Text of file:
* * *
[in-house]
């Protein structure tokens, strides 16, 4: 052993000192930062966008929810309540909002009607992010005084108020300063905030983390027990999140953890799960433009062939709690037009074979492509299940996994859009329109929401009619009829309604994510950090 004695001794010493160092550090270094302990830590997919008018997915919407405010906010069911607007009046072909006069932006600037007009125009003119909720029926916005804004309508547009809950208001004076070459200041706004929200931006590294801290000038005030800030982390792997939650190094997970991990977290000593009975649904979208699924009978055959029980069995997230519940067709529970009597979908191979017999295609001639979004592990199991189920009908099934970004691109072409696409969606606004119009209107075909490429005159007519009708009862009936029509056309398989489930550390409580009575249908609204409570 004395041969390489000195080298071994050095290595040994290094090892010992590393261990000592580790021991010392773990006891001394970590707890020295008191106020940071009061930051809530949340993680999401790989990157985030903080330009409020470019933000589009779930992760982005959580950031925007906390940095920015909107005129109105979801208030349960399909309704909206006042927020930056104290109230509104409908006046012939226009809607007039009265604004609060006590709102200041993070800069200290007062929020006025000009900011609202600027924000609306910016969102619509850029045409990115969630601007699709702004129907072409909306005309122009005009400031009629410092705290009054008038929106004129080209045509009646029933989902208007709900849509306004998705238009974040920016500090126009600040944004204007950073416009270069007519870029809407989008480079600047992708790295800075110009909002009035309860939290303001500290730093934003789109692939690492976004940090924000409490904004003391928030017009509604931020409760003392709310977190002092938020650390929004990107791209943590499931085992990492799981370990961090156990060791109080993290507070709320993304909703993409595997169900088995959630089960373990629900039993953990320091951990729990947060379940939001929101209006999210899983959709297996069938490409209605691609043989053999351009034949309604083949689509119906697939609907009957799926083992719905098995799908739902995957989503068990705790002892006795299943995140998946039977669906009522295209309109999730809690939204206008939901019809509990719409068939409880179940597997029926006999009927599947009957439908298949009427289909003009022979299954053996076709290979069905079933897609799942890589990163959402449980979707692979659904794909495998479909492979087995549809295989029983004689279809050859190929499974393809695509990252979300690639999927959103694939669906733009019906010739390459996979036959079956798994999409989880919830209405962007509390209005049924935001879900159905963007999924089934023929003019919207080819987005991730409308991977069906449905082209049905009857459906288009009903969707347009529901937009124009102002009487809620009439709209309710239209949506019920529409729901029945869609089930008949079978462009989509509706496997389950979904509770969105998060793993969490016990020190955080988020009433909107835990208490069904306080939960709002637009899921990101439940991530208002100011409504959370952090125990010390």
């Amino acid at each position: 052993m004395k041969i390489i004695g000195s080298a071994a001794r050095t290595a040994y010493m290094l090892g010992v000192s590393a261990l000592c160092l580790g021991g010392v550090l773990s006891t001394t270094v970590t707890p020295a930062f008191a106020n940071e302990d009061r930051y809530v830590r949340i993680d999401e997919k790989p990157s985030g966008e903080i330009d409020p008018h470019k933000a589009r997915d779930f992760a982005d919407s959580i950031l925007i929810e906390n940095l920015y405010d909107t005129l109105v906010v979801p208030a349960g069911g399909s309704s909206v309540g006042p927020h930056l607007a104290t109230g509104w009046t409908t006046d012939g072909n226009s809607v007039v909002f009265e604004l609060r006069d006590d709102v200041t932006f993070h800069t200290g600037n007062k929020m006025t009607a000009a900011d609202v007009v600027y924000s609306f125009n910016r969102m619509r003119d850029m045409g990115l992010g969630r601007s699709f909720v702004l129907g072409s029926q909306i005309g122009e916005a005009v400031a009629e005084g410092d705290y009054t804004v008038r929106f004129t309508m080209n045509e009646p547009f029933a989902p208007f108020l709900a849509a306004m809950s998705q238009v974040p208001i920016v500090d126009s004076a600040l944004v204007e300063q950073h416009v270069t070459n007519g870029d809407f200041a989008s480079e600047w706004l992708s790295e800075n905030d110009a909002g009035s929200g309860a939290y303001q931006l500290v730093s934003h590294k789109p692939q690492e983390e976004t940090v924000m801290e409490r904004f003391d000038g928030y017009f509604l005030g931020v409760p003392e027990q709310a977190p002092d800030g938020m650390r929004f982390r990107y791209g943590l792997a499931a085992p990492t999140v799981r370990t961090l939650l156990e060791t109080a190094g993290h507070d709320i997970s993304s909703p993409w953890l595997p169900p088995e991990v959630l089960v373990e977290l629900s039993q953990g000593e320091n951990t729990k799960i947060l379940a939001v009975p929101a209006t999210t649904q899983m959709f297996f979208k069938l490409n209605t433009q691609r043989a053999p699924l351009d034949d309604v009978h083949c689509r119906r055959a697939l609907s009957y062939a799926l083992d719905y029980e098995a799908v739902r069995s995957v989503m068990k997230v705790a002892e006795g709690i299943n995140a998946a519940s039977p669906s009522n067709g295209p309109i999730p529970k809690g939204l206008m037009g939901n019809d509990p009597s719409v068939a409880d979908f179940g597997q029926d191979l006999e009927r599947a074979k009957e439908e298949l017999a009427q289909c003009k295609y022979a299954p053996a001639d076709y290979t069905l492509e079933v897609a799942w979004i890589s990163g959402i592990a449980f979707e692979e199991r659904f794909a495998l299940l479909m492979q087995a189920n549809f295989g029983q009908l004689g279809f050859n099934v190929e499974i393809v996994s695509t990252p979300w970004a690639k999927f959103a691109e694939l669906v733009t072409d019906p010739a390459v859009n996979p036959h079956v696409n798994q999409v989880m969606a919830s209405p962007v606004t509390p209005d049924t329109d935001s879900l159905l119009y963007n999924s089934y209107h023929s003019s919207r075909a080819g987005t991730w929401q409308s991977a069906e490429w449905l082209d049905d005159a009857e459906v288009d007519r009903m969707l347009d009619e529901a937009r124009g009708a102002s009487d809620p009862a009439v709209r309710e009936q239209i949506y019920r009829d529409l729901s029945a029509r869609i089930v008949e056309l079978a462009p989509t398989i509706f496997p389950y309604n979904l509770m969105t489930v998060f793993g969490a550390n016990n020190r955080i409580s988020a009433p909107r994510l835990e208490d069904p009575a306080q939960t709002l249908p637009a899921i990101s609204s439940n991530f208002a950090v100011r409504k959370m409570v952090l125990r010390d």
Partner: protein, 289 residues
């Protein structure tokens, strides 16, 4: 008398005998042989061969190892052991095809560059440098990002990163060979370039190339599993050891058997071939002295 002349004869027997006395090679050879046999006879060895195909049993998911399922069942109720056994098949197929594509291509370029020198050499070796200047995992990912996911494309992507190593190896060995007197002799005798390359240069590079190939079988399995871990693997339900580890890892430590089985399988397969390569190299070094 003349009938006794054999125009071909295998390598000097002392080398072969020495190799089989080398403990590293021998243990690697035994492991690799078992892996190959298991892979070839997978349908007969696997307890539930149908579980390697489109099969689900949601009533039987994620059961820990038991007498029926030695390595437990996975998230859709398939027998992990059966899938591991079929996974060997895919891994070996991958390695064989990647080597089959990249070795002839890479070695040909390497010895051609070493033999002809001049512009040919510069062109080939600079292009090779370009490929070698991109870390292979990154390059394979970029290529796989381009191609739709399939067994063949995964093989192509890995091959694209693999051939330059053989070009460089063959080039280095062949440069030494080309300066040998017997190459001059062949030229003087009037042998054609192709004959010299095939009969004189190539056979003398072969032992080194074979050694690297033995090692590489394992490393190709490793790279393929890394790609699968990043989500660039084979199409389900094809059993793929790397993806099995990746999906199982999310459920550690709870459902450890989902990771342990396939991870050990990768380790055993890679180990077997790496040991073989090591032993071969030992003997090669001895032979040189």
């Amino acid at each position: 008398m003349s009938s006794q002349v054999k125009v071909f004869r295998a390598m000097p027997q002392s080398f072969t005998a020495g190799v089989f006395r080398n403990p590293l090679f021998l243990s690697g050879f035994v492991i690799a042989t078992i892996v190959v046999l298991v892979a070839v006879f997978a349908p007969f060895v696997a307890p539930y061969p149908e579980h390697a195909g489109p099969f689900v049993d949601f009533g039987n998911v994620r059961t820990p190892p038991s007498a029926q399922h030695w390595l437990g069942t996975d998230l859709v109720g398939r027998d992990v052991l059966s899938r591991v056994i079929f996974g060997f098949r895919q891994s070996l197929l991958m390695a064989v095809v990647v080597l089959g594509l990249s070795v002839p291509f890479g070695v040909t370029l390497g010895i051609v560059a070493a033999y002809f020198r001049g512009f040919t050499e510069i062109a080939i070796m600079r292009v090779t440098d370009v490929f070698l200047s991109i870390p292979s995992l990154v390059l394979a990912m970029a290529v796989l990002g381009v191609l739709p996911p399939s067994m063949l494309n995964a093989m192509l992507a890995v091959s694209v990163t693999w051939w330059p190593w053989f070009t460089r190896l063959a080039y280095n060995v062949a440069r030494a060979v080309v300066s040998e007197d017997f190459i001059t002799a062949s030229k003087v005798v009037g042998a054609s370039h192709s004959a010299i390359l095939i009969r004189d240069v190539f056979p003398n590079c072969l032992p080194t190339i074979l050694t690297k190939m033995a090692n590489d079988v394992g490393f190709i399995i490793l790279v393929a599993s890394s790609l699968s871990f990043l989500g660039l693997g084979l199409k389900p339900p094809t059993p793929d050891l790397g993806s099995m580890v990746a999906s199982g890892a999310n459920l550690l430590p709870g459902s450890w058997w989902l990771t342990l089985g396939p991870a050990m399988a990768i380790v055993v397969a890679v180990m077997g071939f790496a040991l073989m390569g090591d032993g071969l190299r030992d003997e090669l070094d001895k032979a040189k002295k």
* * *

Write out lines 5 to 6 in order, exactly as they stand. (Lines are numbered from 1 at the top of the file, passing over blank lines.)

């Protein structure tokens, strides 16, 4: 008398005998042989061969190892052991095809560059440098990002990163060979370039190339599993050891058997071939002295 002349004869027997006395090679050879046999006879060895195909049993998911399922069942109720056994098949197929594509291509370029020198050499070796200047995992990912996911494309992507190593190896060995007197002799005798390359240069590079190939079988399995871990693997339900580890890892430590089985399988397969390569190299070094 003349009938006794054999125009071909295998390598000097002392080398072969020495190799089989080398403990590293021998243990690697035994492991690799078992892996190959298991892979070839997978349908007969696997307890539930149908579980390697489109099969689900949601009533039987994620059961820990038991007498029926030695390595437990996975998230859709398939027998992990059966899938591991079929996974060997895919891994070996991958390695064989990647080597089959990249070795002839890479070695040909390497010895051609070493033999002809001049512009040919510069062109080939600079292009090779370009490929070698991109870390292979990154390059394979970029290529796989381009191609739709399939067994063949995964093989192509890995091959694209693999051939330059053989070009460089063959080039280095062949440069030494080309300066040998017997190459001059062949030229003087009037042998054609192709004959010299095939009969004189190539056979003398072969032992080194074979050694690297033995090692590489394992490393190709490793790279393929890394790609699968990043989500660039084979199409389900094809059993793929790397993806099995990746999906199982999310459920550690709870459902450890989902990771342990396939991870050990990768380790055993890679180990077997790496040991073989090591032993071969030992003997090669001895032979040189």
């Amino acid at each position: 008398m003349s009938s006794q002349v054999k125009v071909f004869r295998a390598m000097p027997q002392s080398f072969t005998a020495g190799v089989f006395r080398n403990p590293l090679f021998l243990s690697g050879f035994v492991i690799a042989t078992i892996v190959v046999l298991v892979a070839v006879f997978a349908p007969f060895v696997a307890p539930y061969p149908e579980h390697a195909g489109p099969f689900v049993d949601f009533g039987n998911v994620r059961t820990p190892p038991s007498a029926q399922h030695w390595l437990g069942t996975d998230l859709v109720g398939r027998d992990v052991l059966s899938r591991v056994i079929f996974g060997f098949r895919q891994s070996l197929l991958m390695a064989v095809v990647v080597l089959g594509l990249s070795v002839p291509f890479g070695v040909t370029l390497g010895i051609v560059a070493a033999y002809f020198r001049g512009f040919t050499e510069i062109a080939i070796m600079r292009v090779t440098d370009v490929f070698l200047s991109i870390p292979s995992l990154v390059l394979a990912m970029a290529v796989l990002g381009v191609l739709p996911p399939s067994m063949l494309n995964a093989m192509l992507a890995v091959s694209v990163t693999w051939w330059p190593w053989f070009t460089r190896l063959a080039y280095n060995v062949a440069r030494a060979v080309v300066s040998e007197d017997f190459i001059t002799a062949s030229k003087v005798v009037g042998a054609s370039h192709s004959a010299i390359l095939i009969r004189d240069v190539f056979p003398n590079c072969l032992p080194t190339i074979l050694t690297k190939m033995a090692n590489d079988v394992g490393f190709i399995i490793l790279v393929a599993s890394s790609l699968s871990f990043l989500g660039l693997g084979l199409k389900p339900p094809t059993p793929d050891l790397g993806s099995m580890v990746a999906s199982g890892a999310n459920l550690l430590p709870g459902s450890w058997w989902l990771t342990l089985g396939p991870a050990m399988a990768i380790v055993v397969a890679v180990m077997g071939f790496a040991l073989m390569g090591d032993g071969l190299r030992d003997e090669l070094d001895k032979a040189k002295k």